Cast: Michael Douglas, Jesse Metcalfe; Director: Peter Hyams; Producers: Mark Damon, Limor Diamant, Mosche Diamant, Michael P. Flannigan, Ted Hartly, Peter Hyams; Screenwriters: Peter Hyams, Douglas Morrow; Music: David Shire; Editor: Jeff Gullo; Genre: Action, Drama; Cinematography: Peter Hyams; Distributor: Anchor Bay Entertainment; Location: USA; Running Time: 105 min.;
Technical Assessment: 2.5
Moral Assessment: 2.5
CINEMA Rating: For mature viewers 18 and above
Ambitious TV reporter and journalist C.J. Nicholas (Jesse Metcalfe) is doubtful of star district attorney Mark Hunter's way of putting criminals behind bars. C.J. is convinced that Hunter presents planted evidence through DNA results in cases reliant on circumstantial evidence in order to convict criminals and set outstanding record for his political ambitions. As C.J. aspires for a Pulitzer Prize, he frames himself for the murder of a prostitute to prove his convictions about Hunter. He records himself setting-up circumstantial evidence point to him until he is caught. He then waits for the perfect timing in court to catch Hunter in the act of presenting falsified evidence. But then Hunter turns out to be more ruthless than he thought so things do not turn out as planned.
The film is an inferior remake of a 50's film noir. The premise remains to be controversial and interesting but apparently flawed and quite stupid. Implicating one's self in a crime to prove a point is preposterous especially if what's at stake is just an ambitious and imaginary award like a Pulitzer for TV reporting. The first act is definitely dragging and boring and Tamblyn's role is nothing but functional until the end of second act. Douglas delivers well but appears over-the-top in the presence of amateurish Metcalfe. The film gets exciting though towards the climax but the display of other twists and turns is quite a disappointment and spoils the entire experience of viewers.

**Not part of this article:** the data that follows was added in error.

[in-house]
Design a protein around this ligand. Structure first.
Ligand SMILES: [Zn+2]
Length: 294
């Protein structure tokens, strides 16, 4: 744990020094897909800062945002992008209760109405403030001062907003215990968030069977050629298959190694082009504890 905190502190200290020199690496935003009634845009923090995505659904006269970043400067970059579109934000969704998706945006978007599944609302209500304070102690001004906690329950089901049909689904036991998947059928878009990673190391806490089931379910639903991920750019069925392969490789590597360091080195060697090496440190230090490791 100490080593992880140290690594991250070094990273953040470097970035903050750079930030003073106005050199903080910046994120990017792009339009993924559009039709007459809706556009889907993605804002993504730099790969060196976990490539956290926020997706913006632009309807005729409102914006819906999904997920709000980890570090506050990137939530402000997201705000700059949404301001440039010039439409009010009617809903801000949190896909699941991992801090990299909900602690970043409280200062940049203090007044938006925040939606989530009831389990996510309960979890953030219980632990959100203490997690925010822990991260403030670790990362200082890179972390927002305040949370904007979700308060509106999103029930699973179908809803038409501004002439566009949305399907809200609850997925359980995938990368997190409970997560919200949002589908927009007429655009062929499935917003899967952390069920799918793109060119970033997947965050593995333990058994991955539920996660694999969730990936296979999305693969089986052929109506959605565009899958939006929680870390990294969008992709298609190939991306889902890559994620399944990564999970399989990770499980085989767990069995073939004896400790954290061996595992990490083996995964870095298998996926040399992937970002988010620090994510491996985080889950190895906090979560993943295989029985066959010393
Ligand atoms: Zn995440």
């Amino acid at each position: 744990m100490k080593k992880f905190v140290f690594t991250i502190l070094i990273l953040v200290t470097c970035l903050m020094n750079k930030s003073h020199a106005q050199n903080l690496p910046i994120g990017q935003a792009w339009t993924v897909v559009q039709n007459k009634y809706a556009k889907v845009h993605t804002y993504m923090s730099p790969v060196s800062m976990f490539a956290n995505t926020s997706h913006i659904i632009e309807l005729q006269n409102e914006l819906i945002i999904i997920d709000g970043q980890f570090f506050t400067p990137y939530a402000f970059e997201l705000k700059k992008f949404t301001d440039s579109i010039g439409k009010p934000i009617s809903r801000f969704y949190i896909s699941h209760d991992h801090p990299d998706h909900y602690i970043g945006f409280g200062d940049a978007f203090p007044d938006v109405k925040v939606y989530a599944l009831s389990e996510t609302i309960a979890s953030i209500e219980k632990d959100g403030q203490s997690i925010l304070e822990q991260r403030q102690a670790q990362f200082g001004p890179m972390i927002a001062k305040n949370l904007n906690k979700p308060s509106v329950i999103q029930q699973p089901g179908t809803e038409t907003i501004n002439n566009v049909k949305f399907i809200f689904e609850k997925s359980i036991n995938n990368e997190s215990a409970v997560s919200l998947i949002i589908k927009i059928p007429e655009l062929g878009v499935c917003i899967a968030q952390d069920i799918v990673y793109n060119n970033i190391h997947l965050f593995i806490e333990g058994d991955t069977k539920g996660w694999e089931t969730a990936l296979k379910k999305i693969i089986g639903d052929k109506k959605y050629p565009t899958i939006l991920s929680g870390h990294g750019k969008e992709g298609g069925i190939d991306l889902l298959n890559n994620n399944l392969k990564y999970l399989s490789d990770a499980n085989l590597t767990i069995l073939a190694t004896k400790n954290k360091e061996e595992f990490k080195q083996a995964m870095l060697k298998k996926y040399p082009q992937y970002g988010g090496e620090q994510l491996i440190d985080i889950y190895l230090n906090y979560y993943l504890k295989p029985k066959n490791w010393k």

The film effectively portrays how one's ambitions could turn into corruption. One that is present even in the judicial system just for one’s personal interest and gain. Hunter's character is a clear manifestation of the flawed justice system. But Nicholas' selfish ambition does not make any difference. His interest is pure and noble at the onset and the journalistic method to find out the truth is commendable but it proves to be as cruel, if not more cruel than Hunter's. In the end, the audience is left with more questions and a stronger dismay of truth's relativity and elusiveness. Farrel's character, although functional, has remained consistently pure and loyal to truth and justice which eventually prevailed in the story. One very disturbing message though is the casual sexual intercourse between her and Nicholas which is obviously outside the confines of marriage. This and the film's entire theme and premise are fit only for audiences 18 years old and above.